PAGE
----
Meet the Woman Publicly Shaming Publishers for Email Trickery
The Internet is full of manipulation, passive-aggressive pleas, and FOMO. We usually expect these unhealthy behaviors from individuals who take social media too far. But even though some of today’s biggest publishers have more credibility than someone trolling on Twitter, they have more in common than you might think.
Take Esquire, for example—which promises to show you its “Ultimate Sex Guide” if you hand over your email address and subscribe to its newsletter. Maybe you’re excited for the guide. Then again, maybe you’re not, so you try to get rid of the capture box. To do that, however, you have to click on a passive-aggressive opt-out link that solicits your email one last time in exchange for knowledge about the Tantric Yab-Yum position.
It might be tempting, if you’re into that type of thing. But it’s also fairly manipulative.
Lydia Laurenson, a media strategist for News Deeply, a media company that makes user-centered resources about global issues, decided to start keeping track of all these forms she came across. So she made a Tumblr, aptly titled Cruelest Opt-Outs, which is dedicated to pop-ups like these that have particularly irresistible, cunning, or devious exit links.
I recently got on the phone with Lydia to talk about passive-aggressive opt-out forms, email marketing trickery, and the future of branded newsletters.
What inspired you to make Cruelest Opt-Outs?
I really care about getting good information, good research, and good user experiences out into the world. And I think what’s fascinating about passive-aggressive opt-out forms is that they can get people to do what you want, but it’s not sustainable. A lot of people who are clicking Yes on these things don’t realize what they’re signing up for.
It’s not all bad, especially if people know what they’re getting into. As long as somebody knows what that page is doing, I don’t have a problem with showing them a weird passive-aggressive form.
So are you putting these images of opt-out forms on your Tumblr because they’re effective or to criticize them because they’re trying to guilt consumers into staying on?
There’s an interesting set of moral questions around these opt-out forms because they tend to elicit really strong emotional reactions. Some of them are funny, but some of them are also really manipulative.
I don’t personally have a strong judgement about using these forms. I think a lot of them are funny. But when you show them to an unfamiliar audience, it can be like that Nigerian scam. Someone in their twenties or thirties isn’t going to have a problem seeing through it, but some people will spend their entire retirement savings. Just because someone isn’t digitally savvy doesn’t mean they should get scammed.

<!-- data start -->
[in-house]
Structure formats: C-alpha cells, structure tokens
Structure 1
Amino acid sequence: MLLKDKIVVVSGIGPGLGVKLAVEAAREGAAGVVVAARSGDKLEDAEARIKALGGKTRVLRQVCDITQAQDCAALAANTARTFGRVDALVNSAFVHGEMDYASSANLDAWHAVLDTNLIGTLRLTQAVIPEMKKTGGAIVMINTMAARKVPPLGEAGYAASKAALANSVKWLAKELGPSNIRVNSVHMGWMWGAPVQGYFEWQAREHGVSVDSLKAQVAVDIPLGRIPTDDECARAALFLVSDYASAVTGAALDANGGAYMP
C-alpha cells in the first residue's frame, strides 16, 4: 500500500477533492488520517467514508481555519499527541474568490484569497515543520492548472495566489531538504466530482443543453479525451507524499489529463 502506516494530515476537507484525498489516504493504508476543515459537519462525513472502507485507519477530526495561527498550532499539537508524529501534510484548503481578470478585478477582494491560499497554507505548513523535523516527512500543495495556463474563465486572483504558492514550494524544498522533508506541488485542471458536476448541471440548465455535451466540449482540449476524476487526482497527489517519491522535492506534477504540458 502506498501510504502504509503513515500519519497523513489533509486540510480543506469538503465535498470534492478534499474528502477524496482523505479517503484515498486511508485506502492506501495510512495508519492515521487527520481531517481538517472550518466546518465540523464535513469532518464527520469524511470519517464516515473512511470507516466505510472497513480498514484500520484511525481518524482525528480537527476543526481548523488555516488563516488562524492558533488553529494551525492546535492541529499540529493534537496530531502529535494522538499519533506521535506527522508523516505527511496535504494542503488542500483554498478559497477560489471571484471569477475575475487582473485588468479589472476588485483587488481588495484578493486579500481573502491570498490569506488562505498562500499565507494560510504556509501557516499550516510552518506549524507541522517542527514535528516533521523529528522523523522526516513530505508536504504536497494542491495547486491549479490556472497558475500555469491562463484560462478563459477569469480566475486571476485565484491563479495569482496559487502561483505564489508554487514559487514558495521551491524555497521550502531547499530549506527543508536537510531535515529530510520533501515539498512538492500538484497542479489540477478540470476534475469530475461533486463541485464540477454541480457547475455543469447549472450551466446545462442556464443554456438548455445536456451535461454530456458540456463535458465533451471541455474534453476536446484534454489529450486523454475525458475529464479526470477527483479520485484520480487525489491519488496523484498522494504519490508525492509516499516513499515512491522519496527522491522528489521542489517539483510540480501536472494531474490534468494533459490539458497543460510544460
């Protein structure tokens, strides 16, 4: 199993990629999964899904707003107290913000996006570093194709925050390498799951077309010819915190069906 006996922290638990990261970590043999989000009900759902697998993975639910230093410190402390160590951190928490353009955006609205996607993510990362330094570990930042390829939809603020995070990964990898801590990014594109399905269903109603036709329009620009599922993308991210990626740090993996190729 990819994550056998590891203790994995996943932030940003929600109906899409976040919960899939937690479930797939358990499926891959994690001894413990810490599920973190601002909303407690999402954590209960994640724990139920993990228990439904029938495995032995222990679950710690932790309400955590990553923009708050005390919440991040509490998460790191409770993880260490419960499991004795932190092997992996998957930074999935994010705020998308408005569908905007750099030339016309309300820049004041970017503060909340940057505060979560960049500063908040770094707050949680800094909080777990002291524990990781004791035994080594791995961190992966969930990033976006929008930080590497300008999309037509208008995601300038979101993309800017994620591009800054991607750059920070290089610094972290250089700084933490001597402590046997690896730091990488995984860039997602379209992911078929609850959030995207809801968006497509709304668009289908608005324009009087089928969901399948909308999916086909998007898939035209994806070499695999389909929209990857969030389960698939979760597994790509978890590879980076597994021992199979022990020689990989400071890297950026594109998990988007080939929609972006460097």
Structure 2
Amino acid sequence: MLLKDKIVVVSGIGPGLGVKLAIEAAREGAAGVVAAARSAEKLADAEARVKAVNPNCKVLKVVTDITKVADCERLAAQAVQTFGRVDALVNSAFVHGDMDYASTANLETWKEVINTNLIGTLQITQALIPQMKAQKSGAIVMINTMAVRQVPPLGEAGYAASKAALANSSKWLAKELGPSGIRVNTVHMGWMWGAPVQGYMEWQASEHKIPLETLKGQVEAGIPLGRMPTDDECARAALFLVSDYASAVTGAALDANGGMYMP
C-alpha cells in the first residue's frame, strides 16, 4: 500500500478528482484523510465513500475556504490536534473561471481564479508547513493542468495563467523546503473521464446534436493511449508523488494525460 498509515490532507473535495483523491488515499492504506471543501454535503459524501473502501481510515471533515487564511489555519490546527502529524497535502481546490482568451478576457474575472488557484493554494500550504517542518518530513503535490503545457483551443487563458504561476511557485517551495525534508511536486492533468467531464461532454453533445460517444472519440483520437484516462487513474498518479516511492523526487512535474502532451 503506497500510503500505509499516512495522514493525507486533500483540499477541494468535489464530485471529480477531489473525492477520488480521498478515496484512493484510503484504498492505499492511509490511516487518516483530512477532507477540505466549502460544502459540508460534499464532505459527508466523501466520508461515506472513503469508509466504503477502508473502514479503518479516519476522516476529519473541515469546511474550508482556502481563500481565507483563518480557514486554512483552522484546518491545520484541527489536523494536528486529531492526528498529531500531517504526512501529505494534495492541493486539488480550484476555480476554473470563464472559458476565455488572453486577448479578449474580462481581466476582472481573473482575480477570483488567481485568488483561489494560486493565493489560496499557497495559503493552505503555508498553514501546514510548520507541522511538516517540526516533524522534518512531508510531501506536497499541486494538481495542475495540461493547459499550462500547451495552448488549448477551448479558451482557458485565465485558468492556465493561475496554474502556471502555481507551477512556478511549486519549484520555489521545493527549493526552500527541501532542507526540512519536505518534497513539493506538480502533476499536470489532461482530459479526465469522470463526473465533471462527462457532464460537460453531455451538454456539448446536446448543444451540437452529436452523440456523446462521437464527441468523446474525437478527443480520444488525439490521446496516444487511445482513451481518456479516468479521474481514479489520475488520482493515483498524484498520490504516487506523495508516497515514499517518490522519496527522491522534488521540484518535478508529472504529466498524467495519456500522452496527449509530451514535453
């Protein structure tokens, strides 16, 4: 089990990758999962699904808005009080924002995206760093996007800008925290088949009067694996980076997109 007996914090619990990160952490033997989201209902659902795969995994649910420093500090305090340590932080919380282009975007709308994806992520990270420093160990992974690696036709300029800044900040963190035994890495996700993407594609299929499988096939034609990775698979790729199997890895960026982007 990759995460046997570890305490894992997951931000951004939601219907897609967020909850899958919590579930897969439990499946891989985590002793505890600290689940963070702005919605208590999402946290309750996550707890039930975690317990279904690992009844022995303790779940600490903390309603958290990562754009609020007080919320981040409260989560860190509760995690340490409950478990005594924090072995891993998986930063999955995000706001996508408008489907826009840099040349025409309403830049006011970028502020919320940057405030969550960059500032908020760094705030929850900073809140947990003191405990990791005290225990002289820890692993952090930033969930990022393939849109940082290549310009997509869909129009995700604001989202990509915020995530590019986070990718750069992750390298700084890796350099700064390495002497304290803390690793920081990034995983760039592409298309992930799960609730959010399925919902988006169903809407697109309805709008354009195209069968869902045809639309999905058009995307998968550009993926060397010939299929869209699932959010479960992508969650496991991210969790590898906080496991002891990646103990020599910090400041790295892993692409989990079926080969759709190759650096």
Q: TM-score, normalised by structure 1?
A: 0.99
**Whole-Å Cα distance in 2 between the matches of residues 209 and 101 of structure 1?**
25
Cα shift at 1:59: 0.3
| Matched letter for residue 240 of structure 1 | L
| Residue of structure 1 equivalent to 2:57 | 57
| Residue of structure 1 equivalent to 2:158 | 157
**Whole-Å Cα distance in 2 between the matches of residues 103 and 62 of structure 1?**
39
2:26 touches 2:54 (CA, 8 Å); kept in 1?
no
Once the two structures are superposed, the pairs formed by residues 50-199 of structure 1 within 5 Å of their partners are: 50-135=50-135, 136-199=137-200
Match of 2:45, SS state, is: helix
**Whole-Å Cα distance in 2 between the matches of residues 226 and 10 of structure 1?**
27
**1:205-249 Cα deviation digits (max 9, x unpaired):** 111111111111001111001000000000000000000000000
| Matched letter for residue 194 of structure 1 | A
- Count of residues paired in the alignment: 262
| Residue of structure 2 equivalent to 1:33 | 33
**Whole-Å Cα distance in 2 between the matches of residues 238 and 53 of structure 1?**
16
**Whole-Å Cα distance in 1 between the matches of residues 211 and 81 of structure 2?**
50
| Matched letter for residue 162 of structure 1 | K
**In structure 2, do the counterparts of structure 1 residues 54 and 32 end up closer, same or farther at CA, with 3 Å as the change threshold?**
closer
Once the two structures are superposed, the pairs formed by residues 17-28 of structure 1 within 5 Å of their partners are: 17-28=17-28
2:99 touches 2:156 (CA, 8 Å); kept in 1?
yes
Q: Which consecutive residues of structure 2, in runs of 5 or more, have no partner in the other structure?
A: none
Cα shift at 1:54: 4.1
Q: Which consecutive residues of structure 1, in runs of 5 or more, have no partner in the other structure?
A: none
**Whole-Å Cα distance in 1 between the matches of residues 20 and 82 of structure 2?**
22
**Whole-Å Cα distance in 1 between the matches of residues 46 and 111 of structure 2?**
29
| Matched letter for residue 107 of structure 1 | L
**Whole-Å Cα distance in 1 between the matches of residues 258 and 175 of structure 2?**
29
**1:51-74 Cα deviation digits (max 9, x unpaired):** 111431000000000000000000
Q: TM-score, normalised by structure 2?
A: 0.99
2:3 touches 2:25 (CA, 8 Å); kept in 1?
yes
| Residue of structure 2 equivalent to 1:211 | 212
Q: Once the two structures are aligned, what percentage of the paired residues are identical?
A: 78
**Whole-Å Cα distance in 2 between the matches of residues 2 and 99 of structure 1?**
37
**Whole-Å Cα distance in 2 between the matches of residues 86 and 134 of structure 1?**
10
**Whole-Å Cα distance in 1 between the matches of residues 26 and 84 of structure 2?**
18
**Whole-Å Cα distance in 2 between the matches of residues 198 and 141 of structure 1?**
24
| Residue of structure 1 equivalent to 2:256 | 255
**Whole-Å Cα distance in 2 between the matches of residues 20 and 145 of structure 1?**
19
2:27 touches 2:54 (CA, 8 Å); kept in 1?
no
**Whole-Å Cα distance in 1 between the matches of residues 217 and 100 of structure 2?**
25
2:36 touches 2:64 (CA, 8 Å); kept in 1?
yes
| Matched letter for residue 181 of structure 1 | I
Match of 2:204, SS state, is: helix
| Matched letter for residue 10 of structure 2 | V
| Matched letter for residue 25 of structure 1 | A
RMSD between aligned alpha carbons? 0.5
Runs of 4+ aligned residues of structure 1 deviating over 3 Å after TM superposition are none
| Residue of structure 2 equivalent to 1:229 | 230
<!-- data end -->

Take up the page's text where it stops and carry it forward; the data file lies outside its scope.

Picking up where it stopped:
And sometimes opt-out forms are an unpleasant user experience. Sometimes they’re annoying, or gross and manipulative. Especially those that say, “No, I don’t care about X.” There was one for Men’s Health that was particularly bad.
What’s your favorite opt-out?
I don’t judge them from best to worst. I judge them on how they make me laugh. Probably my favorite is “No thanks, I hate creativity!” from freelancer Paul Jarvis’s website. That one strikes me because I’m a creative person and I often do creative work.
You look at a lot of opt-out forms. Does that mean you read a lot of email newsletters?
I do subscribe to a lot of email newsletters, but I very rarely find my Tumblr images through them. They must be effective at getting signups, but I wonder how effective they are compared to forms that actually tell you what you’re signing up for. My guess is that you can get more signups using those manipulative forms, but the quality of readers is lower than you’d get by using a more transparent form.
For example, when I work on a newsletter signup form, I say, “Okay, somewhere in the text there is going to be a description of what is going to happen when someone puts their email address here. Like, ‘Please sign up for my newsletter. You will receive X, Y, and Z.’ It doesn’t have to be that straightforward, but it should include that information. If readers don’t know what they’re getting, it’s not to your advantage.
In all of the tests I’ve run in other domains, like email headlines, I’ve found that you might get more clicks with a scandalous headline, but if that headline doesn’t correspond with what’s actually in the email, then people aren’t going to respond to your call-to-action and the rest of your efforts are going to suck.
If your business isn’t built on tricking people, then you shouldn’t start by tricking people.
Do you think email newsletters will change in the future?
Ideally in the future, more people will understand that media producers need to make real, positive content that contributes something valuable to their readers’ lives. That’s the only key to success, and there’s no shortcut.
What is your advice to fellow media producers?
I really believe that quality media does get noticed. It may not rise to the top like cat pictures, but it gets noticed and makes a difference in people’s lives. And in terms of branded media, quality is the only key to success.
This interview has been lightly edited and condensed.